Eating Authors: David Pedreira

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David Pedreira

I’m writing this from over in Indianapolis where I am a guest of the annual Thanksgiving Weekend convention that is Starbase Indy. Everyone is wonderful here, which you’d expect living in the future, though the qagh in the hotel’s restaurant does leave something to be desired.

And speaking of speaking engagements, a couple months back I was down in Maryland for the annual Baltimore Book Festival. While there I met this week’s EATING AUTHORS guest, David Pedreira. David’s novel, Gunpowder Moon, is a science fiction thriller about the first murder on the moon. Cool concept, right? Who needs a locked-room mystery when all your suspects on stuck on an airless world?

David is a journalist turned fiction writer. Gunpowder Moon is his first novel but surely not his last.

LMS: Welcomne, David. Can you tell me about your most memorable meal?

DP: Oh man, this is one of the hardest questions I’ve ever been asked. I’m a food junkie and my tastes run from serious cuisine to burgers and brats on the grill. I did a mental checklist of great meals over the years, and thought of everything from my aunt’s leg of lamb stuffed with spinach and feta cheese to my mom’s homemade marinara, cooked all day on the stovetop with meatballs and hot Italian sausage, and served over linguini. But those are regulars, so I suppose they’re disqualified. I’ve also had many memorable restaurant meals in the U.S. and overseas, particularly in Italy, France, Turkey, and Japan.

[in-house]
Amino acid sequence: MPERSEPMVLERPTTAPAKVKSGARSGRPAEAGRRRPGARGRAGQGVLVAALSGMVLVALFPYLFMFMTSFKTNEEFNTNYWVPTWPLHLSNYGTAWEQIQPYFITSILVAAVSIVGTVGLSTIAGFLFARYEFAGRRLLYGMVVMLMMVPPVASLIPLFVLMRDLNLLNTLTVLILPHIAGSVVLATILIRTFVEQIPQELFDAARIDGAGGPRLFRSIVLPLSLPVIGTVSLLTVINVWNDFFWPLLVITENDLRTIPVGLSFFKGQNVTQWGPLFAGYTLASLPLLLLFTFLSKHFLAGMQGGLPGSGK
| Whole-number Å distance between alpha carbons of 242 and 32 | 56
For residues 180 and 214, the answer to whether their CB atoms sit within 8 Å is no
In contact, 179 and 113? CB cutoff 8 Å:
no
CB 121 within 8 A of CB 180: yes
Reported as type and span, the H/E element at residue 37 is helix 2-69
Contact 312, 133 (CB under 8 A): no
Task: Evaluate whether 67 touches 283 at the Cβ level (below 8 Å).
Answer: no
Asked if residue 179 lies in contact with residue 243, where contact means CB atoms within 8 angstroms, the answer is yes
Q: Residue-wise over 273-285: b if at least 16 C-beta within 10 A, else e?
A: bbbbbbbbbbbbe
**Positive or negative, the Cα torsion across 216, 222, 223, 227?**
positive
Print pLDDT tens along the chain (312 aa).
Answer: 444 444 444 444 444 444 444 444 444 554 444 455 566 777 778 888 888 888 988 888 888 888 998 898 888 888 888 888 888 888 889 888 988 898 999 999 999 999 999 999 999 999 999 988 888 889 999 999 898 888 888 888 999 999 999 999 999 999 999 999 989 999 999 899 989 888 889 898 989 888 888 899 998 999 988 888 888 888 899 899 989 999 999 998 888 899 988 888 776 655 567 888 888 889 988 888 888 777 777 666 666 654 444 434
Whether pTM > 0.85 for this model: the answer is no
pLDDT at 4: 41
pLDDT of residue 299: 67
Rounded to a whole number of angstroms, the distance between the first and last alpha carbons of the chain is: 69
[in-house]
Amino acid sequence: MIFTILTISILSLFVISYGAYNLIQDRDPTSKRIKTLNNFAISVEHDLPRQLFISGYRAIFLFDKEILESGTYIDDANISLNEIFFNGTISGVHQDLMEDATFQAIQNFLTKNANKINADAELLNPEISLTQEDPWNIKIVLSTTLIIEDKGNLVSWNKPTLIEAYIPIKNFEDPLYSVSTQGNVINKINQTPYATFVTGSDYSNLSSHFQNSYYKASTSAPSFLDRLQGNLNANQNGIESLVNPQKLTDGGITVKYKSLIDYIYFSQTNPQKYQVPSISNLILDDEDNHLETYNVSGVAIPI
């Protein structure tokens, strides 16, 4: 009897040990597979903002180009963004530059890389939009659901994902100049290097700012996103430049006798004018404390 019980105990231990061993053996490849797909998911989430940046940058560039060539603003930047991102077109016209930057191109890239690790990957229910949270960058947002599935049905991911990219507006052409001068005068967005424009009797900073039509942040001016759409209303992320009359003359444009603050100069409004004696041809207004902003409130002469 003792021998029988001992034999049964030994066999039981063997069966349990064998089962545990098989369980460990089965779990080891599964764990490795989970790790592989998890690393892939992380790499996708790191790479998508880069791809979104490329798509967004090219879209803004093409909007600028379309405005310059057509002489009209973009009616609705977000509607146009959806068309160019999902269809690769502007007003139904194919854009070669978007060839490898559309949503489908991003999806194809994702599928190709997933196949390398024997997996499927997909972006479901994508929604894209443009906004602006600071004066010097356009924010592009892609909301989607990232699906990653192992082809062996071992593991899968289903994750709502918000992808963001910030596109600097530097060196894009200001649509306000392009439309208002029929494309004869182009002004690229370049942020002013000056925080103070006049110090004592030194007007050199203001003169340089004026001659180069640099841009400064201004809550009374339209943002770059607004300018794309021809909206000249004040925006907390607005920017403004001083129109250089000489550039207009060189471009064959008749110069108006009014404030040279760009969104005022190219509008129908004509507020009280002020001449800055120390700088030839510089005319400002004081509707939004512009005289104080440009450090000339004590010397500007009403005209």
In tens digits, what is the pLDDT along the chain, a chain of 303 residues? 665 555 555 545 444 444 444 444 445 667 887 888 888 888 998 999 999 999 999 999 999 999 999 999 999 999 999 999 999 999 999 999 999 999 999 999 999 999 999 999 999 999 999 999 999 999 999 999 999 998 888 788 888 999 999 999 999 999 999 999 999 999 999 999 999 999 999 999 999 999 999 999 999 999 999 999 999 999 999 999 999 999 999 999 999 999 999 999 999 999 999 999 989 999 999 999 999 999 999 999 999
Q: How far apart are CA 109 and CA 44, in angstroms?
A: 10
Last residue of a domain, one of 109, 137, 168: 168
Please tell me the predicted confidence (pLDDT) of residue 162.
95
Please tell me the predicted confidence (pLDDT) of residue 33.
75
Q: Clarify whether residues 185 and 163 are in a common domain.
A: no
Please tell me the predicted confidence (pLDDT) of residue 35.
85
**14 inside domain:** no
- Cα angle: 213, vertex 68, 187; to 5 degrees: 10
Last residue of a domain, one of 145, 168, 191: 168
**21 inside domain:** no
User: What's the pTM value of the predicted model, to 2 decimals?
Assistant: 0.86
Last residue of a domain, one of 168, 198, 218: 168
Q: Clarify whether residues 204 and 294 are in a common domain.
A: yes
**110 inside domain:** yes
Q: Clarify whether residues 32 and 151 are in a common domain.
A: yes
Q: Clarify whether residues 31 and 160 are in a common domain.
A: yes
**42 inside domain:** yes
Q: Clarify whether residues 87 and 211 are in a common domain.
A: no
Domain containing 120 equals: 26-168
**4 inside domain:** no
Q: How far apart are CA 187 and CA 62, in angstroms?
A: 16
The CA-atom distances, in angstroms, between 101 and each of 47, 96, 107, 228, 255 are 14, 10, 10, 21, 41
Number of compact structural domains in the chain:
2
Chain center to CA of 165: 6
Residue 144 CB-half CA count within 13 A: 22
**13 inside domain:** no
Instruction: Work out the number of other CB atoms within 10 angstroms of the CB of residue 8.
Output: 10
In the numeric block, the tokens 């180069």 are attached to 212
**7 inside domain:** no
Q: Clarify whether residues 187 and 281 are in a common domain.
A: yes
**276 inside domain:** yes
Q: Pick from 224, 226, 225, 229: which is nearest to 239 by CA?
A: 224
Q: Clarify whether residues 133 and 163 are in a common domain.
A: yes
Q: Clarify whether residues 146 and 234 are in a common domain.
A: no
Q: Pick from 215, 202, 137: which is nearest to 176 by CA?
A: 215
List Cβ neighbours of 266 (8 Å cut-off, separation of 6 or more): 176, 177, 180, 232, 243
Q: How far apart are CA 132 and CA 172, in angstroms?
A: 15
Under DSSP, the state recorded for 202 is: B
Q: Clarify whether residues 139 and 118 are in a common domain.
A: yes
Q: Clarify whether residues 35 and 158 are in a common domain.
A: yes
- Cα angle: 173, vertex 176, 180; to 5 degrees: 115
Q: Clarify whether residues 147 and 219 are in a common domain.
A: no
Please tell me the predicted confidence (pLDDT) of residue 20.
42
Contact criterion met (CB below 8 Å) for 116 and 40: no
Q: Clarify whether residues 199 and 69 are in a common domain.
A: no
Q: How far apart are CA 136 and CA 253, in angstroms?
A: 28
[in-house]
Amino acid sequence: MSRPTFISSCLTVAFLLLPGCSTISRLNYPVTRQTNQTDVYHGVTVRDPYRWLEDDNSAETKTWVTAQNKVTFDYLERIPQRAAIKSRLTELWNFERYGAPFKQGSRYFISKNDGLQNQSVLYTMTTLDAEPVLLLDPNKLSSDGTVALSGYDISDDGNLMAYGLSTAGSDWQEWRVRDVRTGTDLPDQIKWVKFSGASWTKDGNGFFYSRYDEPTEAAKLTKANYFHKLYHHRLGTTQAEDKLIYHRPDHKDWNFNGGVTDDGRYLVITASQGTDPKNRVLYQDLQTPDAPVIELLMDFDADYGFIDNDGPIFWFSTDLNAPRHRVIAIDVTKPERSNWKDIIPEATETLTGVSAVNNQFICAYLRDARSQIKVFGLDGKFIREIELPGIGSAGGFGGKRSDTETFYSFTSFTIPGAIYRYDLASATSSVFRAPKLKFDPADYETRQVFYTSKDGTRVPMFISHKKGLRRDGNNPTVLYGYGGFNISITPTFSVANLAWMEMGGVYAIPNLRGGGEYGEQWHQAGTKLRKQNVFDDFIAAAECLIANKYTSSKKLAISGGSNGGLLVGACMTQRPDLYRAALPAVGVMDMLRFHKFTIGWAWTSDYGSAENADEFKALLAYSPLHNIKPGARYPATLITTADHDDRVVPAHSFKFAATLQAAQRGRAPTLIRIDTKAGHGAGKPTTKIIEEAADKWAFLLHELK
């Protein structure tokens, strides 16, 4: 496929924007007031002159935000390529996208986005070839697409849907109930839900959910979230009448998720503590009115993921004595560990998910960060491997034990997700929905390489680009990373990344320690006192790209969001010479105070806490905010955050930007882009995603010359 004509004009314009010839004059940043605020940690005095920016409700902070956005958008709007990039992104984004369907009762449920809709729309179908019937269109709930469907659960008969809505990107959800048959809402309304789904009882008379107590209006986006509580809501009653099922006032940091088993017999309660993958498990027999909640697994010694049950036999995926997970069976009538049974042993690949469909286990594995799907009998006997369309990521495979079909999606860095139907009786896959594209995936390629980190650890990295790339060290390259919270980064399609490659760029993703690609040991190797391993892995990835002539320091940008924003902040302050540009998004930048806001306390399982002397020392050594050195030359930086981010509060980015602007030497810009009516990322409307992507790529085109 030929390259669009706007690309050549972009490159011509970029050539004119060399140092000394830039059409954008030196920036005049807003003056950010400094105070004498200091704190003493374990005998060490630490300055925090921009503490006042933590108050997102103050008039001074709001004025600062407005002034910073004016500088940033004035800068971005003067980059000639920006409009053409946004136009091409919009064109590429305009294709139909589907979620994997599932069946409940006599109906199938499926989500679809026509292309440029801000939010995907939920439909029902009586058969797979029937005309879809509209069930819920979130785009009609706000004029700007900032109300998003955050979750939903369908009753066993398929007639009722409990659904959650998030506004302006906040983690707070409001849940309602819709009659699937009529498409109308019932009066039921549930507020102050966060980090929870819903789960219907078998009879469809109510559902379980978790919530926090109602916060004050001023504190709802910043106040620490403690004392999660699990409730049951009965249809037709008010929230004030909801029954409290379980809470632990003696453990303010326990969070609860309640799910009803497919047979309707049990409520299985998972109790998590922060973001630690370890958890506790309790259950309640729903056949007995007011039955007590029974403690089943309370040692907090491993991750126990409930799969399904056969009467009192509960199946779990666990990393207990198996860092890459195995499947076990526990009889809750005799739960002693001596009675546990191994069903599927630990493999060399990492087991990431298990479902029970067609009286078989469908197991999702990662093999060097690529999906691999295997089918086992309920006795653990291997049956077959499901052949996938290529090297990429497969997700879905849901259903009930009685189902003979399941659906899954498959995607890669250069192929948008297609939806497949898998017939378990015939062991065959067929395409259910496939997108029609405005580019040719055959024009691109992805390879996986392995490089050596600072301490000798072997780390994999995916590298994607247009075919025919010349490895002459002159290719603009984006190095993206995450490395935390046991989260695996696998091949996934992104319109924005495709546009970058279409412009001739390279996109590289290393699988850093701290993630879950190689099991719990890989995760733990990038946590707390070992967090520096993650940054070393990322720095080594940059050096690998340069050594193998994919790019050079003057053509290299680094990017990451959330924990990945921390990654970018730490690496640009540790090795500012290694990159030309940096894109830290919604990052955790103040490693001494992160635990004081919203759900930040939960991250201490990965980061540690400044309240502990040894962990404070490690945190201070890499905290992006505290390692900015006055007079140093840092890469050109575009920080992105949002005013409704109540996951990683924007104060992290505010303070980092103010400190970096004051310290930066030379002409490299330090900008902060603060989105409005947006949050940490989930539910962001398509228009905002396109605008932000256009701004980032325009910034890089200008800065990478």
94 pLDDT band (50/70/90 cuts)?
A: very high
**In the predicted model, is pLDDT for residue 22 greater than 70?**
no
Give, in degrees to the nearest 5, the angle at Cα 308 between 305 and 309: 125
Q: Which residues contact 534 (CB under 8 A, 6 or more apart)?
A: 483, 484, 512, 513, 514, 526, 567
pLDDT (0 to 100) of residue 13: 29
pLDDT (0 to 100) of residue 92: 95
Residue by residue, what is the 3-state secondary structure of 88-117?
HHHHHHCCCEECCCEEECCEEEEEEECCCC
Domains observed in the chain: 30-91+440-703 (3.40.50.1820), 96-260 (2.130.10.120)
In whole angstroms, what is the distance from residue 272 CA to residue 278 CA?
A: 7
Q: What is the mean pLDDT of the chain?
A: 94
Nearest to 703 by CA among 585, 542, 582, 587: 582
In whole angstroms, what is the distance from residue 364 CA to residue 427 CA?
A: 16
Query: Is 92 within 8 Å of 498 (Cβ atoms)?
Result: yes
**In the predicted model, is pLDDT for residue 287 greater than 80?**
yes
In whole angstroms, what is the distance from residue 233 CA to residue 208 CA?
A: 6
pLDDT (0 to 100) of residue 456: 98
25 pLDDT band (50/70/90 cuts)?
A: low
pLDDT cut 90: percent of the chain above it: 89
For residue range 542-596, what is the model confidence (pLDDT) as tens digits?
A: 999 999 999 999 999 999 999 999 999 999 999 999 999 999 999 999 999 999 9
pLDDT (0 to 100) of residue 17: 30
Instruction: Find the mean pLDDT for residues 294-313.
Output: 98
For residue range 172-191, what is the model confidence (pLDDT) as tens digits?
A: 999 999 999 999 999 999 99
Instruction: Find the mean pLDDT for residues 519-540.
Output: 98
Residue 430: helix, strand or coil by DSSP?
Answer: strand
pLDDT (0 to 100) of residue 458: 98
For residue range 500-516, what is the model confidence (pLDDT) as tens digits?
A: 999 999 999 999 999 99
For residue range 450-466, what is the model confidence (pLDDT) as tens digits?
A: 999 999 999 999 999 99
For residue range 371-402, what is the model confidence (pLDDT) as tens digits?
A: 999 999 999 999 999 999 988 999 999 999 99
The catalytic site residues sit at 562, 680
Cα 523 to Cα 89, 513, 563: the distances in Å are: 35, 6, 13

But if I had to pick a meal that’s seared into my memory, I’ll go with a campsite lunch of brook trout and fiddlehead ferns at Sawyer Pond, in the White Mountains of New Hampshire. Sawyer is actually a small glacial lake about 50 acres in size, nestled in between three mountains north of the Kancamagus Highway. It’s about a 4.5-mile hike from the trailhead to the camp site, with terrain involved, so you have to be judicious in what you carry in: tent, sleeping bag, skillet, fishing gear, axe, food, long underwear, toothbrush, and a bottle of whiskey.

Gunpowder Moon

The campsite is at about 2,000 feet of elevation, and the lake itself is gin clear, rock-bottomed, and deep. One of the local universities did a survey and found a maximum depth of nearly 100 feet. The indigenous gamefish include brook trout and German browns, but we were fishing from the shoreline so we couldn’t go after the larger “brownies.” They hang out deep.

So the routine is this: you get up when it’s “crackin’” (dawn) and get fishing. By 10 a.m. or so on the first morning, three of us had caught maybe a dozen “brookies”—more than enough lunch for six people. A few of the other campers who weren’t fishing had collected a bunch of fiddlehead ferns. This is a wild mountain vegetable that grows out of the ground like a stalk of asparagus, but with a top shaped like a violin’s headstock. They are delicious; I’d describe them as a combination of broccoli and asparagus, with some artichoke thrown in.

The one camper holding down the campsite had made bacon for breakfast in a cast iron skillet. We cleaned the fish and stuffed them with lemon slices, seasoned them with salt and pepper and a few other spices, and cooked them in bacon fat. Then we sautéed the fiddleheads in the same pan. So, a lunch of freshly caught cold-water trout and wild vegetables, cooked in bacon drippings. It’s hard to describe how good it was. That was about 30 years ago, and my mouth still waters…

Thanks, David. You know, I just like saying “Kancamagus.” Though, it does beg the question, what kind of hocus pocus does a Kancamagus practice?

Next Monday: Another author and another meal!

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